Draft Heritage Strategy
The draft Heritage Strategy is a new item that aligns with the City's Strategic Community Plan 2019-2029. Council granted approval at its February 2020 meeting for the City to seek public comment on the draft Heritage Strategy. The strategy is now out for public comment until 17 April 2020.
Heritage strategies are an important tool that help to identify items of significant heritage value in the community.
The draft Heritage Strategy will help shape our approach to the conservation, management and promotion of heritage within the City. It will also play a role in improving the public's understanding of local heritage and will encourage the protection of vital heritage assets.
Importantly, the strategy will guide the City in how we prioritise our heritage projects according to a five-year plan. The community's value on heritage will be central to this, and will dictate the areas that require the greatest action urgently.
In creating the draft Heritage Strategy, we have focused on the connected nature of both Aboriginal and European heritage, as well as the stunning natural landscape that is on display throughout the community.
The draft strategy includes references to natural, maritime, Aboriginal and European heritage, and it's intended that all of these elements are celebrated and recognised equally as a "shared heritage".
Local Heritage Survey
A Local Heritage Survey (previously known as a "Municipal Heritage Inventory") is a list of places and structures which, in the opinion of the City, are, or may become, of cultural heritage significance.
Local governments were required under section 45 of the original Heritage of Western Australia Act 1990 to prepare a Municipal Heritage Inventory (MHI) to recognise the heritage importance of places to the local community. The City's MHI was first adopted in 1995 and updated in 2012. The MHI was reviewed in 2012 and Council adopted the latest version of the MHI at its meeting held on the 24 April 2018.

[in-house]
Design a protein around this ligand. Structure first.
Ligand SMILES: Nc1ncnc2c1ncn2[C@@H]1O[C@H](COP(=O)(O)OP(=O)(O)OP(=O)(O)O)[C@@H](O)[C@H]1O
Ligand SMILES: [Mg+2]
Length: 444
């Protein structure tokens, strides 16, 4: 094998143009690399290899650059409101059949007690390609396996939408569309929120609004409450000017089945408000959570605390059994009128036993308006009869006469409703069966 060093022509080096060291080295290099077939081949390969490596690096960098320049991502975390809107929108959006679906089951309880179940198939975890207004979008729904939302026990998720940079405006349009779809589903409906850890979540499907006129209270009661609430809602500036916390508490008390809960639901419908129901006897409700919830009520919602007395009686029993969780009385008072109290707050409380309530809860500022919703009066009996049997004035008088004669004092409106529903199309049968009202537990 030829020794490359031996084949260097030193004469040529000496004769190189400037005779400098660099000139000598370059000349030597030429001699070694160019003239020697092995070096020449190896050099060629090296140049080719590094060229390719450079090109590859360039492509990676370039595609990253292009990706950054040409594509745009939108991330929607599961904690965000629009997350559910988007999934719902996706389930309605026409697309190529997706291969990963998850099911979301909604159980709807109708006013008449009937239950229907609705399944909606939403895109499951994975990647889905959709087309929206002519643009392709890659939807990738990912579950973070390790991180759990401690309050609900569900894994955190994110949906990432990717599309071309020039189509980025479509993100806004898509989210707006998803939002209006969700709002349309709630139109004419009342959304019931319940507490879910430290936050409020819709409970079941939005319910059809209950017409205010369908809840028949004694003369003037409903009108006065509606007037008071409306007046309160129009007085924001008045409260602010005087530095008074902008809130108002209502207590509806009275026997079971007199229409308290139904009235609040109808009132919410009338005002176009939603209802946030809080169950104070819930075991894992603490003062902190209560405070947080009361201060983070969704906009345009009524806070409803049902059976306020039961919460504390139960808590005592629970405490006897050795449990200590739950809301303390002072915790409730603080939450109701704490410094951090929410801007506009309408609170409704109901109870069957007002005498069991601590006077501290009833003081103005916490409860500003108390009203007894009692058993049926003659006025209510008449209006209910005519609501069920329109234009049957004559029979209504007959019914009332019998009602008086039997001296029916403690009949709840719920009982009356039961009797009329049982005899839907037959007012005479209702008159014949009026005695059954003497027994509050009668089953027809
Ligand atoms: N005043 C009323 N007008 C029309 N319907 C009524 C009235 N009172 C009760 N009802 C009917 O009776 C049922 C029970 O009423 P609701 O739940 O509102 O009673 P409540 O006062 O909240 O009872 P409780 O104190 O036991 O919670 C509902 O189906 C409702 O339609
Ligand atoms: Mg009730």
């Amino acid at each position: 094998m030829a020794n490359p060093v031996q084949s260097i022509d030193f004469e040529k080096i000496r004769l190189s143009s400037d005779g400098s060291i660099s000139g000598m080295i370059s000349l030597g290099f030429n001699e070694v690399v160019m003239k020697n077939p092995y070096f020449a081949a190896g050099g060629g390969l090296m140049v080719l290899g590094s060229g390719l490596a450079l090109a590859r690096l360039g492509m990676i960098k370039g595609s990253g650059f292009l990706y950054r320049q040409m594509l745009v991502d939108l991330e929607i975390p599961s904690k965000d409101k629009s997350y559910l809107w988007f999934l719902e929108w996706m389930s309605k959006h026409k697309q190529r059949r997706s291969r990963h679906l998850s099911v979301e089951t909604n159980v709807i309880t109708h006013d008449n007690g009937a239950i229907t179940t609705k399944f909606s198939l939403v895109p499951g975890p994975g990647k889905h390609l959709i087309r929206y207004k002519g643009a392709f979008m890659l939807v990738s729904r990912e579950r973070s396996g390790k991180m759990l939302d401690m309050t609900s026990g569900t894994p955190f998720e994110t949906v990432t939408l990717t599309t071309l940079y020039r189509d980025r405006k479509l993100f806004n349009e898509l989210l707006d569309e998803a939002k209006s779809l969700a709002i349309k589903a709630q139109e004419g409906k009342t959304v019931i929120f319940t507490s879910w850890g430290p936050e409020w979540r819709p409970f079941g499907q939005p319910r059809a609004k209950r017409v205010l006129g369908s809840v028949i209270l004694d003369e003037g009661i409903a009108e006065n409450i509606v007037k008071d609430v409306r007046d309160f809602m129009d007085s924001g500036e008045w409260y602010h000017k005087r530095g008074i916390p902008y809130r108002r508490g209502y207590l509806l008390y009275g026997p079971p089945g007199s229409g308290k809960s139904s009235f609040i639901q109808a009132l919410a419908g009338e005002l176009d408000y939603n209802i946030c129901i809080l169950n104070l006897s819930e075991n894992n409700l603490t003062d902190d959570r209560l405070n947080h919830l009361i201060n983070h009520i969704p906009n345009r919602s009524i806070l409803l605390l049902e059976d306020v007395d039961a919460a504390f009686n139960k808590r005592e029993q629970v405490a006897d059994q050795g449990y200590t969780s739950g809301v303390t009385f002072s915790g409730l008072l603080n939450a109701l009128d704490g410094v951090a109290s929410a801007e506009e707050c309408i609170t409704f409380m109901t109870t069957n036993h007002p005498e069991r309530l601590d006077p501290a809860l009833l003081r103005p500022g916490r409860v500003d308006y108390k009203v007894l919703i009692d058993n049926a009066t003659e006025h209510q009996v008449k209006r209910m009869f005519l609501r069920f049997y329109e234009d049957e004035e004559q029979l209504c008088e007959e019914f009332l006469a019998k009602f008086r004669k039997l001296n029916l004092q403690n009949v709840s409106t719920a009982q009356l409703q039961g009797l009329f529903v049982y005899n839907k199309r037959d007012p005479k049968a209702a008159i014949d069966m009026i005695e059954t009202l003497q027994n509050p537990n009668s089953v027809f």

'Cultural heritage significance' is the aesthetic, historic, scientific or social significance of a play may have for present and future generations. This term has been defined by the Heritage Council of Western Australia and is used as assessment criteria in the preparation of a MHI to evaluate the importance of a place.
The Heritage Act of Western Australia 2018 was passed by Parliament on 12 September 2018 and came into effect with Heritage Regulations 2019 on 1 July 2019.
The key changes in the new Heritage Act of Western Australia include:
- streamlined process for entering a place in the State Register
- more certainty for owners wishing to develop their heritage places
- better protections for important heritage places (including addressing demolition by neglect)
- increased transparency by publishing the Heritage Council's advice to the Minister for Heritage on the inclusion of a place in the State Register.
Our Municipal Heritage Inventory has become a "Local Heritage Survey" under the 2018 Act. One of the major changes to the Local Heritage Survey is that it can provide more flexibility to governments to include "places" of cultural significance, as opposed to "buildings" (as stated under the previous 1990 Act). Within Part 7 of the 2019 Act, the definition of "place" can refer to things that are in, on or over land, including for instance, a tree or group of trees or land under water.